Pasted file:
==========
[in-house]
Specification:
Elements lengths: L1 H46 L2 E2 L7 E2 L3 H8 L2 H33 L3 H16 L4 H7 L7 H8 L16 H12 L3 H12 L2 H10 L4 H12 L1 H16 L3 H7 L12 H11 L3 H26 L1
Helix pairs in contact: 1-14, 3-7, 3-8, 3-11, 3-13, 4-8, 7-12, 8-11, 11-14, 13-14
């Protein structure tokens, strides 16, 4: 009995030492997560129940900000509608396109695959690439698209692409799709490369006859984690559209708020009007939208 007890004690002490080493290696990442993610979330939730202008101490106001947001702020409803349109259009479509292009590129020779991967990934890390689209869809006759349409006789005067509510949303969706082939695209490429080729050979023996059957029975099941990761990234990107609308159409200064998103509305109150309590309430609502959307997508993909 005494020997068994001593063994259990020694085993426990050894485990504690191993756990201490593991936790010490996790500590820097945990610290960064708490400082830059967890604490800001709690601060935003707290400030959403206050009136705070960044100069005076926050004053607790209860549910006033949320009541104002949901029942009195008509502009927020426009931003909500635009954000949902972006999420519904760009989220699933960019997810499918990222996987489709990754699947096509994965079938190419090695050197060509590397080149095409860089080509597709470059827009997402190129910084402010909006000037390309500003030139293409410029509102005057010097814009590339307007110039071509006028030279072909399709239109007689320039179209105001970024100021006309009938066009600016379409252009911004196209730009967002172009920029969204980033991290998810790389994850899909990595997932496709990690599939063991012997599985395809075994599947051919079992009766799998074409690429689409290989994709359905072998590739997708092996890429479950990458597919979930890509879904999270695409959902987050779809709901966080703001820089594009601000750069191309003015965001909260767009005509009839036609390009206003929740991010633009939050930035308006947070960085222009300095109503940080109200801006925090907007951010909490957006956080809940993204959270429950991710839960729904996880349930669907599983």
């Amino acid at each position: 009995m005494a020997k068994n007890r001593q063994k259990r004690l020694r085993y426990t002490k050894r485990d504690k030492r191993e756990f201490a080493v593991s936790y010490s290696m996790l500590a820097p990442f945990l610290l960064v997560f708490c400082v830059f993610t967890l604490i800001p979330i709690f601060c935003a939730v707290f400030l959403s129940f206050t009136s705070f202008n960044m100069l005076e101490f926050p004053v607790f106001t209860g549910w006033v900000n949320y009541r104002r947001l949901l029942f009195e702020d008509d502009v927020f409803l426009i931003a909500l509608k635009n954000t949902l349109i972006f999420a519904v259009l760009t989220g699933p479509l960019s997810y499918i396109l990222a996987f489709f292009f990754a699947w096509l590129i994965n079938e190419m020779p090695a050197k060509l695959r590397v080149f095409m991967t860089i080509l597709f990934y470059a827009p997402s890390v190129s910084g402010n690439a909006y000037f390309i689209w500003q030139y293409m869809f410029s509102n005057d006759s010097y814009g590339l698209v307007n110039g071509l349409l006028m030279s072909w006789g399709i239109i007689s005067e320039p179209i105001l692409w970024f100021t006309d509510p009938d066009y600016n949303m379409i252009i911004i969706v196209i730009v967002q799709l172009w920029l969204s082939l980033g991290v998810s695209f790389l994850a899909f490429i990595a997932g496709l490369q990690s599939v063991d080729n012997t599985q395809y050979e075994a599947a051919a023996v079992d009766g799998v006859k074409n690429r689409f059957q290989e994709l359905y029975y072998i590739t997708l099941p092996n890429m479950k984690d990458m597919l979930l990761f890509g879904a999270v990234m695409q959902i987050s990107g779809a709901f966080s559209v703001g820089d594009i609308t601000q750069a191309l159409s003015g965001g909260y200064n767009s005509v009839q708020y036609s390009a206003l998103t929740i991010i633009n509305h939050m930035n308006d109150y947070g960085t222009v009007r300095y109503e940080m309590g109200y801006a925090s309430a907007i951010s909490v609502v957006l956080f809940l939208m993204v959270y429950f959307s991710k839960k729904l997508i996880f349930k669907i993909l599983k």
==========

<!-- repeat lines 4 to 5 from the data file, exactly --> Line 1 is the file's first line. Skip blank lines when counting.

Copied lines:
Helix pairs in contact: 1-14, 3-7, 3-8, 3-11, 3-13, 4-8, 7-12, 8-11, 11-14, 13-14
């Protein structure tokens, strides 16, 4: 009995030492997560129940900000509608396109695959690439698209692409799709490369006859984690559209708020009007939208 007890004690002490080493290696990442993610979330939730202008101490106001947001702020409803349109259009479509292009590129020779991967990934890390689209869809006759349409006789005067509510949303969706082939695209490429080729050979023996059957029975099941990761990234990107609308159409200064998103509305109150309590309430609502959307997508993909 005494020997068994001593063994259990020694085993426990050894485990504690191993756990201490593991936790010490996790500590820097945990610290960064708490400082830059967890604490800001709690601060935003707290400030959403206050009136705070960044100069005076926050004053607790209860549910006033949320009541104002949901029942009195008509502009927020426009931003909500635009954000949902972006999420519904760009989220699933960019997810499918990222996987489709990754699947096509994965079938190419090695050197060509590397080149095409860089080509597709470059827009997402190129910084402010909006000037390309500003030139293409410029509102005057010097814009590339307007110039071509006028030279072909399709239109007689320039179209105001970024100021006309009938066009600016379409252009911004196209730009967002172009920029969204980033991290998810790389994850899909990595997932496709990690599939063991012997599985395809075994599947051919079992009766799998074409690429689409290989994709359905072998590739997708092996890429479950990458597919979930890509879904999270695409959902987050779809709901966080703001820089594009601000750069191309003015965001909260767009005509009839036609390009206003929740991010633009939050930035308006947070960085222009300095109503940080109200801006925090907007951010909490957006956080809940993204959270429950991710839960729904996880349930669907599983």